In the spring and summer of 1984, photographer Peter Feldstein announced that he wanted to take free portraits of everyone in Oxford, Iowa (pop. 673). By the end of the summer, he’d photographed 670 Oxford residents. Twenty-one years later, Feldstein went back, and this time he brought along writer Stephen G. Bloom to document people’s stories. The Oxford Project (Welcome Books) is the remarkable portrait of a small town, as Bloom notes below, “virtually untouched by both the vitality and vulgarity of urban America.”
All images copyright © the authors, courtesy Welcome Books, all rights reserved.
Peter, how did the project begin? Why did you choose Oxford?
Feldstein: I’ve lived in Oxford since 1978. One May morning in 1984, I walked up and down every street in Oxford, slipping flyers under some doors and taping flyers to other doors, inviting residents to have their photographs taken. I taped the sign to a storefront window on Oxford’s main street. Inside, I covered the windows with aluminum foil and brown-wrapping paper, hung a construction tarp as a backdrop, and turned on two quartz lights.
That first day no one showed up. Over the next several days, my only takers were kids on their way home from school. A retired couple stopped by, and I snapped their pictures. Several more people poked their heads in the storefront. On Memorial Day, Al Scheetz, on his way to march in the American Legion Post parade, stopped by and I took his photograph. Later, Al brought with him four dozen Legionnaires and their families. The project took off from there. By late summer, I had photographed a 670 Oxford residents.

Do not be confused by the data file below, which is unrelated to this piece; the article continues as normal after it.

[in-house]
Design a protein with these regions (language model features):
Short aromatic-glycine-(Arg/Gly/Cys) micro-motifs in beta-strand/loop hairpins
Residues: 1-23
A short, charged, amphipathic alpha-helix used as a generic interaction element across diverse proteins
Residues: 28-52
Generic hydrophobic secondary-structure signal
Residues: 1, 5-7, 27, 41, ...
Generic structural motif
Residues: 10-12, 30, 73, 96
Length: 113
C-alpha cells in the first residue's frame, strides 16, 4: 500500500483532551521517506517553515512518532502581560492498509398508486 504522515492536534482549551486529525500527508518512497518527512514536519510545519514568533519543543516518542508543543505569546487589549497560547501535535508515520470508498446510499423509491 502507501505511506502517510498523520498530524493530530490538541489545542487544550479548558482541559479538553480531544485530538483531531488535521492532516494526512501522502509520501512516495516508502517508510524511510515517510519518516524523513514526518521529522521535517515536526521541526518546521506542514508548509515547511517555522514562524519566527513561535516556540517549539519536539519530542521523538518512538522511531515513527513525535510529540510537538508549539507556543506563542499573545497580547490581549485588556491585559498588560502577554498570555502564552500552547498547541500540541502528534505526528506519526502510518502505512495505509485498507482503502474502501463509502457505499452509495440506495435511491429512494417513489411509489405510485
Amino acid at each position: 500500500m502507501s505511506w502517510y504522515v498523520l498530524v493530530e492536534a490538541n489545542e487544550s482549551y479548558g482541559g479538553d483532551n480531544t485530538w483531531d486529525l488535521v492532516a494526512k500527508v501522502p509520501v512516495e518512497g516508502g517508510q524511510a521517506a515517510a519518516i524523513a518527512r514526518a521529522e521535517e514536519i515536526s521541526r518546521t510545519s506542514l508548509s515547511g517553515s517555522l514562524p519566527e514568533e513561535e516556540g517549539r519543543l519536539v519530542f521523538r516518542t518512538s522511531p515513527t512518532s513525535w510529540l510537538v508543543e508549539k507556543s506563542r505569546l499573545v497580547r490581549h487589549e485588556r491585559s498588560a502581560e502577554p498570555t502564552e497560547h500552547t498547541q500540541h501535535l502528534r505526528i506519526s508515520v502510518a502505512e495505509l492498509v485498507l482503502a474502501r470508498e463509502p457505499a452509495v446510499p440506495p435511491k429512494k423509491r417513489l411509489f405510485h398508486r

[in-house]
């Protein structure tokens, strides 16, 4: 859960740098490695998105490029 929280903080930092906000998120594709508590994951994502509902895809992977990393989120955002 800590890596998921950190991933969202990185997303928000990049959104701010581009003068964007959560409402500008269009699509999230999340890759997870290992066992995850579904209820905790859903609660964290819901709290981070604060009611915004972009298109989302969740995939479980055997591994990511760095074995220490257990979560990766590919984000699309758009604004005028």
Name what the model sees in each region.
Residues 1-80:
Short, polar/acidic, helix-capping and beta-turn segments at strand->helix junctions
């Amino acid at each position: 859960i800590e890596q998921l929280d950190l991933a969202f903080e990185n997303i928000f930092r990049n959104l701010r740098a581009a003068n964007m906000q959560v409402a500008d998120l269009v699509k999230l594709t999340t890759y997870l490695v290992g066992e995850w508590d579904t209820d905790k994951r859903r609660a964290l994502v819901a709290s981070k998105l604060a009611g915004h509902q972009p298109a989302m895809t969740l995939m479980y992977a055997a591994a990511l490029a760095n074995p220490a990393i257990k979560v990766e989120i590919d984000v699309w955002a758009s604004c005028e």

Stephen, how did you get involved?
Bloom: Until a couple of years ago, Peter taught at the University of Iowa, where I still teach. After taking several photographs in 2005 of the same people whose images he captured in 1984, Peter suggested that I ask Oxford people to tell their stories, to reveal how their lives had changed in the intervening years.
Do any of the subjects particularly stand out in your minds?
Bloom: Actually, every one of the 100 people we interviewed had a compelling story to tell. Each was different, but each was dramatic and heartfelt.
What surprised you during the photo and interview sessions?
Bloom: We learned Oxford residents’ views on God, the hereafter, the war in Iraq, the food they like, their hobbies, idols, daily routines. We learned of individual acts of heroism—some great, some small. We witnessed awkward children mature into secure, confident parents.
Feldstein: Most people are shorter, taller or heavier today than they were when I first photographed them. Some are now stooped. Several cannot walk or breathe unassisted. At least four farmers have lost fingers, hands, or limbs.
Visually, almost everyone posed in an identical manner despite the more than two-decade interval. Mary Ann Carter, co-owner of the local Ford dealership, still tilted her head to the left, her hands cupped neatly at her side. Retired carpenter Jim Jiras still wore a seed cap, and still had two pens in his shirt pocket. Brothers Tim and Mike Hennes stood exactly the same as they had 21 years earlier.
What did you learn from the Oxford project about the fate of small towns in America?
Bloom: Everyone wants to talk and few people want to listen. If you give people the opportunity, and you’re sincere about listening carefully, most people will unburden themselves by telling you what’s on their minds. In a sense, we acted as confessors. My interest was to give voice to people whose voices are usually ignored.
Much of small-town America has disappeared, and what already hasn’t, will in the next decade or so. These self-contained, insular places in America’s “fly-over country” are virtually untouched by both the vitality and vulgarity of urban America. The Oxford Project allows us to peak into a world soon to disappear.
What are you working on now?
Bloom: I’ve just finished a book, a nonfiction global mystery story about pearls, entitled Tears of Mermaids, which will be published next fall by St. Martin’s Press.
Feldstein: I’m working on a photographic commission for a large public building.